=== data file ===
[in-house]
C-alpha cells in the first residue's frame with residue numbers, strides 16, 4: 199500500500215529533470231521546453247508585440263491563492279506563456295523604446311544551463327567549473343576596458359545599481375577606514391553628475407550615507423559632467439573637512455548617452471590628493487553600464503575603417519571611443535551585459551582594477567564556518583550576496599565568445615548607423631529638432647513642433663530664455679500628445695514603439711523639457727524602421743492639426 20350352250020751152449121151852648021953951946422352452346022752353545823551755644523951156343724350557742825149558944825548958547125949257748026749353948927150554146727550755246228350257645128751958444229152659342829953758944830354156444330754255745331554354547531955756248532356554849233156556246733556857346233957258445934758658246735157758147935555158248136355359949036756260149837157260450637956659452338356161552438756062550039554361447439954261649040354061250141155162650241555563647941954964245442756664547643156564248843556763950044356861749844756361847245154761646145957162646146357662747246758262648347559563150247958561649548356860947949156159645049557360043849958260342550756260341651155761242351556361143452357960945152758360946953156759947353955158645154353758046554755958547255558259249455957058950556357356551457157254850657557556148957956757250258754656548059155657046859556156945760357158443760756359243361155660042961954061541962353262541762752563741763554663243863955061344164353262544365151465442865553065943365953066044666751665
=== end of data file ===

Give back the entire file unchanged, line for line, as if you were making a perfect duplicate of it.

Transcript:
[in-house]
C-alpha cells in the first residue's frame with residue numbers, strides 16, 4: 199500500500215529533470231521546453247508585440263491563492279506563456295523604446311544551463327567549473343576596458359545599481375577606514391553628475407550615507423559632467439573637512455548617452471590628493487553600464503575603417519571611443535551585459551582594477567564556518583550576496599565568445615548607423631529638432647513642433663530664455679500628445695514603439711523639457727524602421743492639426 20350352250020751152449121151852648021953951946422352452346022752353545823551755644523951156343724350557742825149558944825548958547125949257748026749353948927150554146727550755246228350257645128751958444229152659342829953758944830354156444330754255745331554354547531955756248532356554849233156556246733556857346233957258445934758658246735157758147935555158248136355359949036756260149837157260450637956659452338356161552438756062550039554361447439954261649040354061250141155162650241555563647941954964245442756664547643156564248843556763950044356861749844756361847245154761646145957162646146357662747246758262648347559563150247958561649548356860947949156159645049557360043849958260342550756260341651155761242351556361143452357960945152758360946953156759947353955158645154353758046554755958547255558259249455957058950556357356551457157254850657557556148957956757250258754656548059155657046859556156945760357158443760756359243361155660042961954061541962353262541762752563741763554663243863955061344164353262544365151465442865553065943365953066044666751665